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Author Topic:   Ammo and QJM
Patrik
Member
posted 12-21-2002 01:21 AM     Click Here to See the Profile for Patrik     Edit/Delete Message   Reply w/Quote
I have some questions about ammunition availiability and QJM, is an attacker supposed to spend more ammo (specially artillery ammo) than a defender?
For example: Say that two sides have 500 shells for each of their artillerytubes, would this affect the QJM calculation? Or if the attacker have the double amount of ammo, would this be a force multiplier then?

My main point is if QJM assumes that an attacker spends more ammo than a defender?
If that is the case then how much will an attacker be downgraded if he got the same amount of ammo (as in the example above)?

Well, this brings up the question on what the difference is between having half amount of guns but the double amount of ammo and if that affects the outcome of a battle?

I read in Zetterlings book, Normandy 44, that the germans had a good number of guns but were unable to supply them adequately in contrast to the allies.
I assume that in QJM calculations one could apply a logistics modifier but doing so would raise the german CEV even more, wouldn´t it?

Merry christmas

Patrik Karlsson

[This message has been edited by Patrik (edited 12-21-2002).]

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Chris Lawrence
Moderator
posted 12-22-2002 09:38 PM     Click Here to See the Profile for Chris Lawrence     Edit/Delete Message   Reply w/Quote
The QJM does not track ammunition and basically does not address logistics. This is a major short-coming of the model that we were looking at correcting with the TNDM by adding a "logistics module" to it, back in the days when we had some funding for the model. Unfortunately, those days are gone, and as such, logistics is still fundamentally part of "CEV" (Combat Effectiveness Value).

What this means is that fundamentally, all the analysis of the QJM is based upon the assumption that both sides have sufficient logistical support. As most of the battles tested, this is the case, it does not show up to be a major problem. However, in the case of the US versus German engagements of the 1943-44, if there is a logistical shortfall, it is usually on the side of the Germans. As such, as CEV looks at relative combat performance, any degradation in performance of the Germans due to logistical shortfalls (or an abundance of ammunition on the side of the US) is not reflected in the engagements, and this would result in the CEV for the US being higher than it would be if there was a seperate logistics module.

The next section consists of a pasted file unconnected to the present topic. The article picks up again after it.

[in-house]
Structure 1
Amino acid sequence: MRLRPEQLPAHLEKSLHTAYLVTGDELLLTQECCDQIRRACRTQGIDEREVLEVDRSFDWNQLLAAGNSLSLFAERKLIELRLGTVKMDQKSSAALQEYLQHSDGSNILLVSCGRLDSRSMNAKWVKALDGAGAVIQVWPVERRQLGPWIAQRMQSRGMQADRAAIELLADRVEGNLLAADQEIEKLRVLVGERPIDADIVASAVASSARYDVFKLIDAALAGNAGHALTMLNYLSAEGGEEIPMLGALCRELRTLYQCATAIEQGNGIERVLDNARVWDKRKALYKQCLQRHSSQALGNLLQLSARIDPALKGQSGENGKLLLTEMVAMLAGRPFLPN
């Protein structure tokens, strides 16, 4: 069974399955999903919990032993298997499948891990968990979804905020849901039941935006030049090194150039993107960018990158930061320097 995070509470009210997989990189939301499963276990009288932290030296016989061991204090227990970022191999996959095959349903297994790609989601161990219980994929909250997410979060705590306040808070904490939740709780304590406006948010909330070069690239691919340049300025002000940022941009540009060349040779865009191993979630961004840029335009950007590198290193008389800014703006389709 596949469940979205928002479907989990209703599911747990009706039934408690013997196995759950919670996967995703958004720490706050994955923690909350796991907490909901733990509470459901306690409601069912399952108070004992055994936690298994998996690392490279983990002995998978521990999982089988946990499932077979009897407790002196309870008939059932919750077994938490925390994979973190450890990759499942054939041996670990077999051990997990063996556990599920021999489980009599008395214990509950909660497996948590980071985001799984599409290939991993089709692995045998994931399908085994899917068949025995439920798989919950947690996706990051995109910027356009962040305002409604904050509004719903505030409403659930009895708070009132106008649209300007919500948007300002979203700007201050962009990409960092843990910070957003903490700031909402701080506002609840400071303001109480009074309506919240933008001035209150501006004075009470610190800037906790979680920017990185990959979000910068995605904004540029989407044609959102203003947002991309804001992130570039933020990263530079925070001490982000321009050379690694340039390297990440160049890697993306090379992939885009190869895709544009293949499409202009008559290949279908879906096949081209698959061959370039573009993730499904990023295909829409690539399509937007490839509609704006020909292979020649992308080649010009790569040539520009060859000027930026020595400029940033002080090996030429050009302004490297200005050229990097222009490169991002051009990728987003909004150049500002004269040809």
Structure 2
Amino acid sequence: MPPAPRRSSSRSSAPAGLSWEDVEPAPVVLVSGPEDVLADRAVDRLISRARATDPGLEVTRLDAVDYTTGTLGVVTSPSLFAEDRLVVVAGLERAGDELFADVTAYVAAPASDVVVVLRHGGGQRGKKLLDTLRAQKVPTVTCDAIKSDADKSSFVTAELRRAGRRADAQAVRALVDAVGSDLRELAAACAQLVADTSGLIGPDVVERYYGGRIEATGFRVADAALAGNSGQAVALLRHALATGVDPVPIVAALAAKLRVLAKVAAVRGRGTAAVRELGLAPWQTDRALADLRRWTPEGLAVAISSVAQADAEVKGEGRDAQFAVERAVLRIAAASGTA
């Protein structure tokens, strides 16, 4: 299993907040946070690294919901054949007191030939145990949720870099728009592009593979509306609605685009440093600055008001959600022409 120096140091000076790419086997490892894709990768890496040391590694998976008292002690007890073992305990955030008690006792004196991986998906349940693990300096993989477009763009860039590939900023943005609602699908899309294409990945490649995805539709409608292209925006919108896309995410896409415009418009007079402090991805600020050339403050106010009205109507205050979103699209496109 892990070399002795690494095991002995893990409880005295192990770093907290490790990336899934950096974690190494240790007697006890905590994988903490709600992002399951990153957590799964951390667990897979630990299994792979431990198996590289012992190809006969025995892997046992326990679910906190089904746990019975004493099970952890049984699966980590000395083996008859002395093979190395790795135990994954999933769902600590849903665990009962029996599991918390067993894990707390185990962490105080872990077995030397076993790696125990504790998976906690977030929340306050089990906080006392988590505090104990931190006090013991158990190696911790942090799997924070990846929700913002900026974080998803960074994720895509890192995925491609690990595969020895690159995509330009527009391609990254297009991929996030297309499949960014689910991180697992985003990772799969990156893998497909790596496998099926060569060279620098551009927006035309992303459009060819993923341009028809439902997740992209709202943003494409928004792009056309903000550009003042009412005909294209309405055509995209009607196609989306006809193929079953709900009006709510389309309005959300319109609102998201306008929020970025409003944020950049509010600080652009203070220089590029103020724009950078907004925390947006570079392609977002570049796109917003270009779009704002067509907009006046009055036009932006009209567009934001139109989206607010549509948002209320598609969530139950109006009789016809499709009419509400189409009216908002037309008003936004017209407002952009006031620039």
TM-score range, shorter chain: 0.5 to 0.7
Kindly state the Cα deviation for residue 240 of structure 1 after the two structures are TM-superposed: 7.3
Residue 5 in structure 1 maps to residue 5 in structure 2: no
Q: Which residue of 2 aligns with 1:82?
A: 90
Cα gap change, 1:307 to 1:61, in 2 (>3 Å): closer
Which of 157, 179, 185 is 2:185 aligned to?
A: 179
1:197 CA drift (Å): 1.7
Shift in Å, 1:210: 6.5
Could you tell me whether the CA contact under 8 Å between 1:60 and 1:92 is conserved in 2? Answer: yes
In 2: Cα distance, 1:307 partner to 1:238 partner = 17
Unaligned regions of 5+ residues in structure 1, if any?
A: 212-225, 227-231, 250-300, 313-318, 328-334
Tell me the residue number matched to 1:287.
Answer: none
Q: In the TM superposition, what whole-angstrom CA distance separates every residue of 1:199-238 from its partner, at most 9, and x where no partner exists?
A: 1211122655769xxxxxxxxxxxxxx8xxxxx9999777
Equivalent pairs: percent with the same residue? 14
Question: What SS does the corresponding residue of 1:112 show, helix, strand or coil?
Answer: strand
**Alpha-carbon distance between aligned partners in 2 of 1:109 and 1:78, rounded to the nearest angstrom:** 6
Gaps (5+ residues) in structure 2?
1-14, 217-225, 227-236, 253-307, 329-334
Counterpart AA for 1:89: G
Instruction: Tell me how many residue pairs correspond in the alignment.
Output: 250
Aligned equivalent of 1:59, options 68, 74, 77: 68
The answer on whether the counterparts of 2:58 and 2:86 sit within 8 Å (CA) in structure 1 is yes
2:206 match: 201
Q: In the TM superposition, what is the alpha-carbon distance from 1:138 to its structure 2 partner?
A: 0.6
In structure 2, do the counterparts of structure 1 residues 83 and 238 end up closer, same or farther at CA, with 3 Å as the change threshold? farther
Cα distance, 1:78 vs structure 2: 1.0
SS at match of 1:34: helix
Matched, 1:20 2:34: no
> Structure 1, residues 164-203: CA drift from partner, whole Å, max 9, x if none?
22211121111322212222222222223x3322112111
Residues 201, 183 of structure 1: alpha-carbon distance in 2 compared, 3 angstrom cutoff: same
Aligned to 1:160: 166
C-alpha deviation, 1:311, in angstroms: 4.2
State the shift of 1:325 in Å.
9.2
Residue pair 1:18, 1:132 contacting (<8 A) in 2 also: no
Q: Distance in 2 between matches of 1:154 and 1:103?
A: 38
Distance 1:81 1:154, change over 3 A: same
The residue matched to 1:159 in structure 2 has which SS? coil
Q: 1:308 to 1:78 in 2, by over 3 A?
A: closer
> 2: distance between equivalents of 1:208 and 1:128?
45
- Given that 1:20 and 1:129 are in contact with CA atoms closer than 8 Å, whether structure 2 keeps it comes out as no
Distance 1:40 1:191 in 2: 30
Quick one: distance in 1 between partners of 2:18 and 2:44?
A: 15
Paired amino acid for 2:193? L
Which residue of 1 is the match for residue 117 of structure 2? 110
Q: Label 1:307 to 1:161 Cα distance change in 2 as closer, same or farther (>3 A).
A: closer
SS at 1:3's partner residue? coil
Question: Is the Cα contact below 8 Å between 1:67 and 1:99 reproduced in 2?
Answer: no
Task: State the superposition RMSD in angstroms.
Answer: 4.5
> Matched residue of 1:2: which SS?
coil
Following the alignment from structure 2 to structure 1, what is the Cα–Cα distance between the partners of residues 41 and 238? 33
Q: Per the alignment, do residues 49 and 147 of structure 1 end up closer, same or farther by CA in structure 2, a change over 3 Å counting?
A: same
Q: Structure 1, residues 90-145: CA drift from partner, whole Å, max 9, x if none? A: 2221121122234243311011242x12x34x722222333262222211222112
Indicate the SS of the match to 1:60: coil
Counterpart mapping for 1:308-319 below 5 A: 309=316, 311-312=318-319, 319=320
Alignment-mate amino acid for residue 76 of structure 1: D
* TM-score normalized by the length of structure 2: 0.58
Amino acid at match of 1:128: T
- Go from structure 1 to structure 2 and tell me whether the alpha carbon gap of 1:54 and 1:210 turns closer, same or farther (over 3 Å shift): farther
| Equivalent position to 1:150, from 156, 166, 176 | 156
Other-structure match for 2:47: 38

quote:
Or if the attacker have the double amount of ammo, would this be a force multiplier then?

If the attacker has twice the ammo, it is a force multiplier, but certianly not linearly. I have not seen any study that clearly ties on-hand ammunition (or ammunition expended) with results, attrition or outcome of combat, even though many of the large combat models currently in use seem to be partly based on such relationships.

quote:
Well, this brings up the question on what the difference is between having half amount of guns but the double amount of ammo and if that affects the outcome of a battle?

An interesting question for which I have no answer for, nor have I ever seen a study done on. My gut reaction is that more guns are better, but I am not sure what the measureable differences would be. In the case of the QJM without a logistics module (or CEV adjustment to cover logistics), twice as many guns is twice as good.

quote:
I assume that in QJM calculations one could apply a logistics modifier but doing so would raise the german CEV even more, wouldn´t it?

Exactly. It would appear that one of the two primary criticisms of the QJM is that it produces the wrong result (i.e. shows the Germans with a higher CEV than the US). We will call this the "Leavenworth" criticism, as for some reason this locale serves as a hotbed of anti-QJM sentiment. Anyone who has looked at the US vs. German engagements in depth (which Zetterling actually has) I think is left with the impression that the QJM, if anything, somewhat underrates the CEVs of the Germans.

quote:
Merry christmas

And a Merry Christmas to you

quote:
Patrik Karlsson

More Swedes? This forum is taking on a decidely Nordic look.


[This message has been edited by Chris Lawrence (edited 12-22-2002).]

[This message has been edited by Chris Lawrence (edited 12-22-2002).]

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